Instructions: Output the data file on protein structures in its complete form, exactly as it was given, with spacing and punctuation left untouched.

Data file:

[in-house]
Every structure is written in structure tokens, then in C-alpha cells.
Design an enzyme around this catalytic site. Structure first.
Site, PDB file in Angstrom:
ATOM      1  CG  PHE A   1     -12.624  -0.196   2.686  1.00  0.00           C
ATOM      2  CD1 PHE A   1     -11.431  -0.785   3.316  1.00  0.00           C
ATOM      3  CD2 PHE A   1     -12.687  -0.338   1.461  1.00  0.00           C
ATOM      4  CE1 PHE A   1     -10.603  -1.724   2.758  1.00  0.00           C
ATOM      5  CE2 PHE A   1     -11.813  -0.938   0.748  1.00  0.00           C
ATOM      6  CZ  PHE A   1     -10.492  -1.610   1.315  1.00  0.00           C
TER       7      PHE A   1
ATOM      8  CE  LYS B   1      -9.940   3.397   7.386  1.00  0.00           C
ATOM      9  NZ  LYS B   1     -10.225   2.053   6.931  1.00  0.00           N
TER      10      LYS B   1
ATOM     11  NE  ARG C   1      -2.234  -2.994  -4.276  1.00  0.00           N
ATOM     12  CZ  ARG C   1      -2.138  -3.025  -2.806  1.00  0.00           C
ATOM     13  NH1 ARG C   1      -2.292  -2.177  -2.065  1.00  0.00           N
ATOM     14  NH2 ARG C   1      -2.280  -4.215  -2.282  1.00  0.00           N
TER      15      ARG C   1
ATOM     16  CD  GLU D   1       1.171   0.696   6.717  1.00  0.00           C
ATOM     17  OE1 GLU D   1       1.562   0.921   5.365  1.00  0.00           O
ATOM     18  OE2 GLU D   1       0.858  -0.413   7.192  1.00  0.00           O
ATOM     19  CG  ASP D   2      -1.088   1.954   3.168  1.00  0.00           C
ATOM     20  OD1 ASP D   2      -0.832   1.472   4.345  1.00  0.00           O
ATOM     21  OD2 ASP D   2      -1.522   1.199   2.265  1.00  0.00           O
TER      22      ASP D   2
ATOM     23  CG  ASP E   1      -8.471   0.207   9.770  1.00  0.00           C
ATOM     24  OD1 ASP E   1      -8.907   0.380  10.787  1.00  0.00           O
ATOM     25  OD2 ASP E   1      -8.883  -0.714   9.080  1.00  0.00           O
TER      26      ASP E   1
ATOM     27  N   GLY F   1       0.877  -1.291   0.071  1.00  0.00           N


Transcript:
[in-house]
Every structure is written in structure tokens, then in C-alpha cells.
Design an enzyme around this catalytic site. Structure first.
Site, PDB file in Angstrom:
ATOM      1  CG  PHE A   1     -12.624  -0.196   2.686  1.00  0.00           C
ATOM      2  CD1 PHE A   1     -11.431  -0.785   3.316  1.00  0.00           C
ATOM      3  CD2 PHE A   1     -12.687  -0.338   1.461  1.00  0.00           C
ATOM      4  CE1 PHE A   1     -10.603  -1.724   2.758  1.00  0.00           C
ATOM      5  CE2 PHE A   1     -11.813  -0.938   0.748  1.00  0.00           C
ATOM      6  CZ  PHE A   1     -10.492  -1.610   1.315  1.00  0.00           C
TER       7      PHE A   1
ATOM      8  CE  LYS B   1      -9.940   3.397   7.386  1.00  0.00           C
ATOM      9  NZ  LYS B   1     -10.225   2.053   6.931  1.00  0.00           N
TER      10      LYS B   1
ATOM     11  NE  ARG C   1      -2.234  -2.994  -4.276  1.00  0.00           N
ATOM     12  CZ  ARG C   1      -2.138  -3.025  -2.806  1.00  0.00           C
ATOM     13  NH1 ARG C   1      -2.292  -2.177  -2.065  1.00  0.00           N
ATOM     14  NH2 ARG C   1      -2.280  -4.215  -2.282  1.00  0.00           N
TER      15      ARG C   1
ATOM     16  CD  GLU D   1       1.171   0.696   6.717  1.00  0.00           C
ATOM     17  OE1 GLU D   1       1.562   0.921   5.365  1.00  0.00           O
ATOM     18  OE2 GLU D   1       0.858  -0.413   7.192  1.00  0.00           O
ATOM     19  CG  ASP D   2      -1.088   1.954   3.168  1.00  0.00           C
ATOM     20  OD1 ASP D   2      -0.832   1.472   4.345  1.00  0.00           O
ATOM     21  OD2 ASP D   2      -1.522   1.199   2.265  1.00  0.00           O
TER      22      ASP D   2
ATOM     23  CG  ASP E   1      -8.471   0.207   9.770  1.00  0.00           C
ATOM     24  OD1 ASP E   1      -8.907   0.380  10.787  1.00  0.00           O
ATOM     25  OD2 ASP E   1      -8.883  -0.714   9.080  1.00  0.00           O
TER      26      ASP E   1
ATOM     27  N   GLY F   1       0.877  -1.291   0.071  1.00  0.00           N